ENERGY Secretary Alfonso Cusi’s latest recommendations deserve some credit for trying to anticipate the country’s energy needs in the near future, but they should be considered conversation starters rather than viable plans.
At the end of last week, Cusi aired two ideas: First, he wants to encourage investment in what are colloquially called “merchant power plants,” generating plants that are built on a speculative basis without a designated customer base, or traders who sell power on the open market.
Second, Cusi recommended lowering the financial threshold for “projects of national significance” for power generating and related infrastructure to P3.5 billion in order to speed up approval and development.
The Department of Energy said last year that the Philippines would need 17,338 megawatts of additional electricity-generating capacity by 2030, about 10,700 MW for Luzon, and the rest divided between the Visayas and Mindanao. Since the biggest power plants that seem to be practical for the Philippines are in the 1,000 to 1,200-MW capacity range, then at least 14 to 17 new power plants will have to be built in the next dozen years.
That would be an unprecedented building boom; Cusi does not seem to believe it is possible under the current administrative and regulatory structure, and he is probably right. But it is unlikely that his proposals as presented would be an effective solution.
Merchant power plants developed after electricity deregulation in the US, and they do have more positive attributes than negative ones. Given that they face a bigger challenge to turn in a profit than power plants with captive customer bases, their owners tend to focus on efficiency and cost reduction; at least in US experience, plants in this category are cleaner, use less fuel, and are more reliable than existing generating systems, and as a result, they can hypothetically sell their power at lower cost.
Competition helps pull down prices as well, which was the point Cusi focused on in discussing the idea. At present, more than 90 percent of the electricity generated in the Philippines is sold under power supply agreements, with about 10 percent traded on the Wholesale Electricity Spot Market (WESM). Under these circumstances, the market-traded power is usually purchased as emergency supply in times of heavy demand or unexpected shortages, and is sold at much higher than ordinary rates.
Cusi wants that percentage to increase to 20 to 30 percent, which would help lower prices, but whether that is a proportion that has been determined by proper analysis to have the desired effect or is just a figure Cusi pulled out of the air is not known. On the face of it, it seems it would have only a minimally positive effect, particularly in light of Cusi’s next point, which was that merchant power producers would likely trade on the open market only until they secured the more preferable fixed power supply agreements.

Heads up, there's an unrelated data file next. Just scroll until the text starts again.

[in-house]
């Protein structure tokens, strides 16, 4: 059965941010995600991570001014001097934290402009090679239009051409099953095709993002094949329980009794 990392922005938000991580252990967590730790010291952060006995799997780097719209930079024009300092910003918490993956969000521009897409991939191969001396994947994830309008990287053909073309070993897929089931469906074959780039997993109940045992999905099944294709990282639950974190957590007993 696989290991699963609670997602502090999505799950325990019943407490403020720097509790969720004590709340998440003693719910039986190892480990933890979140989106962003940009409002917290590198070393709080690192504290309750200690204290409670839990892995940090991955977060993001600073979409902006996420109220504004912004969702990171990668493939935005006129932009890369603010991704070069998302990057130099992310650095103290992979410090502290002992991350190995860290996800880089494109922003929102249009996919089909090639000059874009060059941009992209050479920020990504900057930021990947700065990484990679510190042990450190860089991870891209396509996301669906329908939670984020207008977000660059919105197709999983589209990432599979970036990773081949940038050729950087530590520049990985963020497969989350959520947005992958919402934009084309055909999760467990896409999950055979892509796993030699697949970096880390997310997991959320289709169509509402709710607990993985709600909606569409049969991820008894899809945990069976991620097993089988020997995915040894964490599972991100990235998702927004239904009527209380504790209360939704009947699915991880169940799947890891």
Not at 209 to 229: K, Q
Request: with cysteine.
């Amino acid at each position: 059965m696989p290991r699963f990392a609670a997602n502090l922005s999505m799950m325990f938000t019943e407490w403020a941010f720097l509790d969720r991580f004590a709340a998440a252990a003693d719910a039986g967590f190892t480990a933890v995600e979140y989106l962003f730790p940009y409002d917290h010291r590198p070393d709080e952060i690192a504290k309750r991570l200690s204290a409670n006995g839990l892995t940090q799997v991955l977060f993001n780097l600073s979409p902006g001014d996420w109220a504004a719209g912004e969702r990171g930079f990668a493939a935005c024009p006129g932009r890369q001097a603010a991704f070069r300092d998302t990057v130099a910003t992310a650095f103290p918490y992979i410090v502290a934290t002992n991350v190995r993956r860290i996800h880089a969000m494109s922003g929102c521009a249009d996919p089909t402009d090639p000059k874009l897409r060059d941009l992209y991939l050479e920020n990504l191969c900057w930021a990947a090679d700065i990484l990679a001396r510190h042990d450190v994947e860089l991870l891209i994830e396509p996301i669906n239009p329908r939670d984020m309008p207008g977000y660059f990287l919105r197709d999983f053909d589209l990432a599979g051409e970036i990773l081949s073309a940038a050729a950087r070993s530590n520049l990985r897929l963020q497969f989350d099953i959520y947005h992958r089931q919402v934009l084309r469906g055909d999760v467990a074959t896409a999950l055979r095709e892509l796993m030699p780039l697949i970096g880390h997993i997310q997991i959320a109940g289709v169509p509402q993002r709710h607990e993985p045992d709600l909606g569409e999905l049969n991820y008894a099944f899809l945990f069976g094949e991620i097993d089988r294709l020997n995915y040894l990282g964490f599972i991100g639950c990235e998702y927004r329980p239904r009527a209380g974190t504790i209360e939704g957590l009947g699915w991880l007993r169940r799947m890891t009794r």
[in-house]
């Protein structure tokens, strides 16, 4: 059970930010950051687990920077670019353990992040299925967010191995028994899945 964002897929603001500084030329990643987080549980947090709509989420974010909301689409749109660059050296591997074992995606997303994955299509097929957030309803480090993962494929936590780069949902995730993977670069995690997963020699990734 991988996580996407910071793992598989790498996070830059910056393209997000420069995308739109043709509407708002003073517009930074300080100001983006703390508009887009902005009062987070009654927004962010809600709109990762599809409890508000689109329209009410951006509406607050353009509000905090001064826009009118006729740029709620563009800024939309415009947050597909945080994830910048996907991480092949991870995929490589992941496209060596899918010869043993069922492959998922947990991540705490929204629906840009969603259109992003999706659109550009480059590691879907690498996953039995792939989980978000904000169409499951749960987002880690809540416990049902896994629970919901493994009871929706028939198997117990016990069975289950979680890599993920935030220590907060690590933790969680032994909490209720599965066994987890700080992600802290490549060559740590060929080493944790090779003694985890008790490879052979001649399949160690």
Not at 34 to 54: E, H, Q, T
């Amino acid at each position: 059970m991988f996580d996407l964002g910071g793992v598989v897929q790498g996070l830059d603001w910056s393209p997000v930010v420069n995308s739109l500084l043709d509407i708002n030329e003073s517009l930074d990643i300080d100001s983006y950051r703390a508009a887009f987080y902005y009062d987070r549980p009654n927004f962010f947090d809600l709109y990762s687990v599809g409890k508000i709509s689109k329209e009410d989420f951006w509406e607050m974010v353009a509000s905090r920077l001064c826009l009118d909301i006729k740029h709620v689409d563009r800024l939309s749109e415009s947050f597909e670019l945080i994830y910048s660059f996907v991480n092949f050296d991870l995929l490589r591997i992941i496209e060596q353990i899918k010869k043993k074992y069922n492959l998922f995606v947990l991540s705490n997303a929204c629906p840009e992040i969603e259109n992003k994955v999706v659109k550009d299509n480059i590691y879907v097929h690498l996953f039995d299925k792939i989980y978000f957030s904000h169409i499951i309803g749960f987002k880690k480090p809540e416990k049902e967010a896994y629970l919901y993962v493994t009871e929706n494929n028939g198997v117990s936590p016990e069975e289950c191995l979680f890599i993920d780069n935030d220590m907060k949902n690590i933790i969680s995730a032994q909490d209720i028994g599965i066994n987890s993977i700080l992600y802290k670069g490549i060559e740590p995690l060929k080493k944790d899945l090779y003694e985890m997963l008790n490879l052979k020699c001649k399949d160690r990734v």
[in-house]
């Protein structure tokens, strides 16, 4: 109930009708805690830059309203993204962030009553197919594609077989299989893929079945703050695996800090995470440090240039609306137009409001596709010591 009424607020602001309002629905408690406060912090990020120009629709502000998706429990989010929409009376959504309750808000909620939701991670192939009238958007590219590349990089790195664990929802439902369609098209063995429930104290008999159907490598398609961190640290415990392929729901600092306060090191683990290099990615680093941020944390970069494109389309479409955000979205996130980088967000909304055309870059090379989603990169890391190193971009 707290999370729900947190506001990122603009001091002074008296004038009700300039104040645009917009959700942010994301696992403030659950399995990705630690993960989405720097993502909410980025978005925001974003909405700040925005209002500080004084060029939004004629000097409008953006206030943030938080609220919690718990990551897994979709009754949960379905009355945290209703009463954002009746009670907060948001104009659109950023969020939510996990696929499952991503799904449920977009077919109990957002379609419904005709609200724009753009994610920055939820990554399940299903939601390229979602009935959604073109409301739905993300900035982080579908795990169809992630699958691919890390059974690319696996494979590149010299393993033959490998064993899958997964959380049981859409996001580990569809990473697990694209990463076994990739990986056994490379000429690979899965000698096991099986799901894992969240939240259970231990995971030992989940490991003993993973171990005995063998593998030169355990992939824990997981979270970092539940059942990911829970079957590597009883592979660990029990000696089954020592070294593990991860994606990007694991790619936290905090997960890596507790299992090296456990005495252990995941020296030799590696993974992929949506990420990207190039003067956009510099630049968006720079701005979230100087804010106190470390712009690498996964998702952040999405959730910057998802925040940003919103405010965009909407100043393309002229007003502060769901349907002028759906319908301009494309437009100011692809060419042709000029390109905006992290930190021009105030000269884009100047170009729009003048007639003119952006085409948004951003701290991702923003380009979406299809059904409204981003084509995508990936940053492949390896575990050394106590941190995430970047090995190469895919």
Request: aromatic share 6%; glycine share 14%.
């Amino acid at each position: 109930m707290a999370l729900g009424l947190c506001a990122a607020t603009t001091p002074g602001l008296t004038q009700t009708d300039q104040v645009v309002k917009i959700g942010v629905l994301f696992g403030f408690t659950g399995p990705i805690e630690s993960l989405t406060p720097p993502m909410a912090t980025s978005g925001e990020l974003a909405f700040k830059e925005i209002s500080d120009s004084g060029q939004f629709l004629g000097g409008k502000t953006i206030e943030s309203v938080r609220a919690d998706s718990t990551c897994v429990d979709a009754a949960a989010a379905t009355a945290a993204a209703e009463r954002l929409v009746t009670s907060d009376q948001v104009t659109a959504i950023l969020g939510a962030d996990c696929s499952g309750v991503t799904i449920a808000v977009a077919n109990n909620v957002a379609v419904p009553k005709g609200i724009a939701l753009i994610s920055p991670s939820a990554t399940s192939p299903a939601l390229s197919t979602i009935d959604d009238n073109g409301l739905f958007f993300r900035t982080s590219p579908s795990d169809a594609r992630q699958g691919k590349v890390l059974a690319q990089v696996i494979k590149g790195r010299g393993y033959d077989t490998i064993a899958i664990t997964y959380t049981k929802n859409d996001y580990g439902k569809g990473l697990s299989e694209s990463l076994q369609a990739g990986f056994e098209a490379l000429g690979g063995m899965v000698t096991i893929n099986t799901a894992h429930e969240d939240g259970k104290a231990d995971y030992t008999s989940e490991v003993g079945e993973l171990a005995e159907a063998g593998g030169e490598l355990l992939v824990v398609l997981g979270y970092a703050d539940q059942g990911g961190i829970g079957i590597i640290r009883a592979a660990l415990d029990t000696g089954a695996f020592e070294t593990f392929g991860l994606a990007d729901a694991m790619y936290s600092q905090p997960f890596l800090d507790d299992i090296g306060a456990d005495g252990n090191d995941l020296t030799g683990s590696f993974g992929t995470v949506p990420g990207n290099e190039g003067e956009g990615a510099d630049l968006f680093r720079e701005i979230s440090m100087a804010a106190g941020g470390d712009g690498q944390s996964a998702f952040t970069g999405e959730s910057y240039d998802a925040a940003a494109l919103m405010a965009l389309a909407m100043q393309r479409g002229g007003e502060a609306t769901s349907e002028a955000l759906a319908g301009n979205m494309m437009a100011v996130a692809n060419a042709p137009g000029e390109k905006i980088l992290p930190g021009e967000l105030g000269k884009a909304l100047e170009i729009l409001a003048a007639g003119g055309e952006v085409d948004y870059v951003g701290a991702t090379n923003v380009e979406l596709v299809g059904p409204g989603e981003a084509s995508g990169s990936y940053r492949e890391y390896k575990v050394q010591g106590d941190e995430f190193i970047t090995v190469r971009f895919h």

In fact, based on the history of merchant power in the US, it is probably inevitable that market trading would be short-lived, because of the financing risk for merchant plants. Meralco President Oscar Reyes touched on that point (in an interview with another newspaper) when he noted that the success of the plan would depend on banks’ risk appetite. Judging from the US industry, that appetite is not great; virtually no merchant power plant has ever been built without the operator first securing some sort of a market – even if it doesn’t account for the entire capacity of the new plant, a large anchor customer like a mall, industrial enterprise, or particular franchise area is a prerequisite for financing in the absence of government support.
Cusi’s second suggestion – projects with a price tag of P3.5 billion – is even more problematic, because lowering the threshold to that price will mean that virtually any power infrastructure-related project will qualify as a “project of national significance.” As a point of comparison, two small power plants being planned by Alsons in Mindanao, one of 105 MW capacity and the other 210 MW, have a combined price tag of about $600 million (P30 billion).
Lowering the threshold to a mere P3.5 billion (about $70 million) opens the designation – and the incentives and regulatory shortcuts that go along with it – to all sorts of abuse to an industry that is already generally considered unfriendly to consumers. Likewise, one of those shortcuts that Cusi proposed, deputizing the DOE to issue environmental compliance certificates for energy projects rather than the DENR, is a frankly terrible idea. If a project is truly “nationally significant,” then the inputs and authority of other agencies in their areas of expertise should not be bypassed.
Rather than set a monetary limit, the DOE should, instead, designat e particular kinds of projects – generation facilities or major transmission projects, for instance – as qualifying for the “national significance” tag, in line with the goal of installing the needed capacity. Cusi’s proposals are a good start toward developing a workable plan, but they are far from being ideal, and much more work is needed.